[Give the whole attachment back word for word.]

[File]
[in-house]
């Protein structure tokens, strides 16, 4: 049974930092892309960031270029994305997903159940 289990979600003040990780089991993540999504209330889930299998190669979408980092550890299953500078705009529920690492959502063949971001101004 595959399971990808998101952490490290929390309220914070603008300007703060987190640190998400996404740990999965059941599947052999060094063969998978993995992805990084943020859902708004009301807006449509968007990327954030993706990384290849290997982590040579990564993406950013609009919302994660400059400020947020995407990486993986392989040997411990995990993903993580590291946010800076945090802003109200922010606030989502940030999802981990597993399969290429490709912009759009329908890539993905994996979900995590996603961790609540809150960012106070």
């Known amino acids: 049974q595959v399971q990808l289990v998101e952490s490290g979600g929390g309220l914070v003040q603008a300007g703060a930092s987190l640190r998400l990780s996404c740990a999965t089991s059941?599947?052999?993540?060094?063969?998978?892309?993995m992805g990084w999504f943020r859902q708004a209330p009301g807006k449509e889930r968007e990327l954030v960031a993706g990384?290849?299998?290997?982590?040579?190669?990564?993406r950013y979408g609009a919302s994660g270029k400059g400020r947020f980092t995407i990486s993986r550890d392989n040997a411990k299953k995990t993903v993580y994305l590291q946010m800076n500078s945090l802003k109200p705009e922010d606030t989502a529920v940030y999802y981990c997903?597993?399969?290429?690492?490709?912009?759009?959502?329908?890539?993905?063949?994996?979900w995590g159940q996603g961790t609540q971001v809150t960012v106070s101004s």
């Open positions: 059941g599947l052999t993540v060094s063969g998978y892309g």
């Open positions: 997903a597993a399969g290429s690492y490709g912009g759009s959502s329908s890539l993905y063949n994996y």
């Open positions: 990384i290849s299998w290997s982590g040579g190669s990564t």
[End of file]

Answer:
[in-house]
């Protein structure tokens, strides 16, 4: 049974930092892309960031270029994305997903159940 289990979600003040990780089991993540999504209330889930299998190669979408980092550890299953500078705009529920690492959502063949971001101004 595959399971990808998101952490490290929390309220914070603008300007703060987190640190998400996404740990999965059941599947052999060094063969998978993995992805990084943020859902708004009301807006449509968007990327954030993706990384290849290997982590040579990564993406950013609009919302994660400059400020947020995407990486993986392989040997411990995990993903993580590291946010800076945090802003109200922010606030989502940030999802981990597993399969290429490709912009759009329908890539993905994996979900995590996603961790609540809150960012106070």
């Known amino acids: 049974q595959v399971q990808l289990v998101e952490s490290g979600g929390g309220l914070v003040q603008a300007g703060a930092s987190l640190r998400l990780s996404c740990a999965t089991s059941?599947?052999?993540?060094?063969?998978?892309?993995m992805g990084w999504f943020r859902q708004a209330p009301g807006k449509e889930r968007e990327l954030v960031a993706g990384?290849?299998?290997?982590?040579?190669?990564?993406r950013y979408g609009a919302s994660g270029k400059g400020r947020f980092t995407i990486s993986r550890d392989n040997a411990k299953k995990t993903v993580y994305l590291q946010m800076n500078s945090l802003k109200p705009e922010d606030t989502a529920v940030y999802y981990c997903?597993?399969?290429?690492?490709?912009?759009?959502?329908?890539?993905?063949?994996?979900w995590g159940q996603g961790t609540q971001v809150t960012v106070s101004s």
């Open positions: 059941g599947l052999t993540v060094s063969g998978y892309g």
């Open positions: 997903a597993a399969g290429s690492y490709g912009g759009s959502s329908s890539l993905y063949n994996y």
């Open positions: 990384i290849s299998w290997s982590g040579g190669s990564t």